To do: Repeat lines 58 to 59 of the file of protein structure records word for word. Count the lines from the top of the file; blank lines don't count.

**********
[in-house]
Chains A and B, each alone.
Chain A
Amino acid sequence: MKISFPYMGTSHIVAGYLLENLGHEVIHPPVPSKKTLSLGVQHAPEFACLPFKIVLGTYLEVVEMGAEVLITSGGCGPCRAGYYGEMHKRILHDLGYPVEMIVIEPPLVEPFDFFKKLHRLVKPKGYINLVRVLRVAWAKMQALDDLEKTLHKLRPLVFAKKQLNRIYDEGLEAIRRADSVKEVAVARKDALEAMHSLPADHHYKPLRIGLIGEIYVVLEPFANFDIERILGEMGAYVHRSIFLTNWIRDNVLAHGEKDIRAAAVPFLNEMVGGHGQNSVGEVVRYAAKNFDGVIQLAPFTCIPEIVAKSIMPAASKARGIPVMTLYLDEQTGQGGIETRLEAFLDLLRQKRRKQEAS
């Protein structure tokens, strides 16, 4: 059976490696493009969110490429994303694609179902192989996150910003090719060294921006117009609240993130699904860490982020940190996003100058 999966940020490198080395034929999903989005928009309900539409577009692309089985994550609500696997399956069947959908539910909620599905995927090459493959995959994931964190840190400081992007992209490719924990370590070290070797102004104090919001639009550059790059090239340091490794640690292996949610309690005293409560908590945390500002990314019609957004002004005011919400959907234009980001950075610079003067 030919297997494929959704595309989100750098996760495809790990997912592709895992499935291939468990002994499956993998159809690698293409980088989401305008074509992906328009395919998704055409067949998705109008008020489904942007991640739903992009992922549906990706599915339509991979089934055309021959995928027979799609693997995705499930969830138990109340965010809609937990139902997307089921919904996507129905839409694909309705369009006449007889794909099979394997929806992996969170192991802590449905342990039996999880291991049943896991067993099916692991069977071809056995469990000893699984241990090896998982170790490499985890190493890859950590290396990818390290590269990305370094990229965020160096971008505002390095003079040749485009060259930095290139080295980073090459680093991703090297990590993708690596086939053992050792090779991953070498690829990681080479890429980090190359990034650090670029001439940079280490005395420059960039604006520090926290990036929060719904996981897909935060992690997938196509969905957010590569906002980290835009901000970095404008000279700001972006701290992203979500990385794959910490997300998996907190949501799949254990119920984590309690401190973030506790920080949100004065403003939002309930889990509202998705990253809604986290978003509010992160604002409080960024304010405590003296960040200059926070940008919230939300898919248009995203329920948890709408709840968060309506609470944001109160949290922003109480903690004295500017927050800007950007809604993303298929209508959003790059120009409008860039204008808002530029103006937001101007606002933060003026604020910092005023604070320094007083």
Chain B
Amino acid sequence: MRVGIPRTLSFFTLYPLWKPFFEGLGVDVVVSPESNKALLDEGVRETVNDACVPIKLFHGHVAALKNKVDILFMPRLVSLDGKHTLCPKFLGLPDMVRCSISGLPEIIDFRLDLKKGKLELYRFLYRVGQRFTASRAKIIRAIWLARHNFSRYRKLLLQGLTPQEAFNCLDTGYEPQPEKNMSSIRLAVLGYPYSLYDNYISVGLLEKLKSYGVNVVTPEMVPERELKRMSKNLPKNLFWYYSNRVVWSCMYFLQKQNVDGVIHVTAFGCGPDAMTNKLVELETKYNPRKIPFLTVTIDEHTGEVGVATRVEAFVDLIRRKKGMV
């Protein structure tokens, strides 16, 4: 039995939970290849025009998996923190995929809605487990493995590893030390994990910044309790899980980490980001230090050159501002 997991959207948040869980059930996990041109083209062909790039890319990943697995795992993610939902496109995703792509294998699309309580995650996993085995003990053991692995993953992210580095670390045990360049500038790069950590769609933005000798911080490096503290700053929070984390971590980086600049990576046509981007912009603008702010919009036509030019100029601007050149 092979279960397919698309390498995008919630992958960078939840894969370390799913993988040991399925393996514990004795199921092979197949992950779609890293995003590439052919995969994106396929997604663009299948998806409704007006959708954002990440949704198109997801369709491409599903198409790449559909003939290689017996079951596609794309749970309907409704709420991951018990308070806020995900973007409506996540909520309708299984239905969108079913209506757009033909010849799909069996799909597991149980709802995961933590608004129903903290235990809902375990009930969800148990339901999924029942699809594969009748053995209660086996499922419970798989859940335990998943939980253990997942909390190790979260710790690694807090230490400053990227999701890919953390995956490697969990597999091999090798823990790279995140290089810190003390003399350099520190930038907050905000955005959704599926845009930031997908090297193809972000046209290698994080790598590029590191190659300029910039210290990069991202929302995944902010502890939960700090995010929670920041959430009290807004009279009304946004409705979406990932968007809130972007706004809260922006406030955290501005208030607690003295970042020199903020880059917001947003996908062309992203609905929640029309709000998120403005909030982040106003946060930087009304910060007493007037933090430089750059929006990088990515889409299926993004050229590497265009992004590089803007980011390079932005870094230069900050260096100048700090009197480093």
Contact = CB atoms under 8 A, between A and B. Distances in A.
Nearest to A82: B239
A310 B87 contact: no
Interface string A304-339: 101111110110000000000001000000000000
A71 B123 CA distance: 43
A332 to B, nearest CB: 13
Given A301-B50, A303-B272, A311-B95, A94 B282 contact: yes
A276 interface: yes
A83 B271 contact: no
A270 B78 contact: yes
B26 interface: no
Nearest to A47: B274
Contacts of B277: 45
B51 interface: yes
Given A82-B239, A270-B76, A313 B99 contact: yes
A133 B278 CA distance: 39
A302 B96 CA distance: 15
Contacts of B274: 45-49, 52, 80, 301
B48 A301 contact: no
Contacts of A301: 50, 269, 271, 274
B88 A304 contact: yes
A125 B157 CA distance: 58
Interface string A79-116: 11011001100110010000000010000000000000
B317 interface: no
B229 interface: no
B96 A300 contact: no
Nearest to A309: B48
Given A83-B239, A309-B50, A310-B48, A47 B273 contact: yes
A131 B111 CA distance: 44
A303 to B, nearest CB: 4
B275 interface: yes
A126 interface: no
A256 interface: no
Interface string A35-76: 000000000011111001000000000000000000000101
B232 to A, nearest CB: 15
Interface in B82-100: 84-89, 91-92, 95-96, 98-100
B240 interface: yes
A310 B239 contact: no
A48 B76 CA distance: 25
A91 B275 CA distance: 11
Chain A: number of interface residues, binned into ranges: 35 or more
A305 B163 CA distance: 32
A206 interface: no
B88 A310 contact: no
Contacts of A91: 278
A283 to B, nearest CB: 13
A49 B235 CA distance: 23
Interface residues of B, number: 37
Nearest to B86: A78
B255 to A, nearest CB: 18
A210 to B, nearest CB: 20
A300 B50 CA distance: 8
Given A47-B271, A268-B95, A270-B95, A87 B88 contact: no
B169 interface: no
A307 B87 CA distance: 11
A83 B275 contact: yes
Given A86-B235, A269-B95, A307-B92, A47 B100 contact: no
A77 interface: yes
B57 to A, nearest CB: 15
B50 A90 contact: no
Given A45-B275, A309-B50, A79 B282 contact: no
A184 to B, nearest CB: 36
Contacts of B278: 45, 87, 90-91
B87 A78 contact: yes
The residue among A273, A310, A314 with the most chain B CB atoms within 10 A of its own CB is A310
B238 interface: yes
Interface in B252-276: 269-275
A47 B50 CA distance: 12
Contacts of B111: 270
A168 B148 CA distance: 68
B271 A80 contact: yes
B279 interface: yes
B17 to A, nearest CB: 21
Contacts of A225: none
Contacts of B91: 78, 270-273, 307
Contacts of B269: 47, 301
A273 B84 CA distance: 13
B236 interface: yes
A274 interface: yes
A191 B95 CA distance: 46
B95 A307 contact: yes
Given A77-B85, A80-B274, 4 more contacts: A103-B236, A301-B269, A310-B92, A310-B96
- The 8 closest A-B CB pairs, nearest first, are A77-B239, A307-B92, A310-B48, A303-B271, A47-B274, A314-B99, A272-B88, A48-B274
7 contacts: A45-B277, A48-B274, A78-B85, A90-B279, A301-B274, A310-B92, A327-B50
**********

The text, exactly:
B255 to A, nearest CB: 18
A210 to B, nearest CB: 20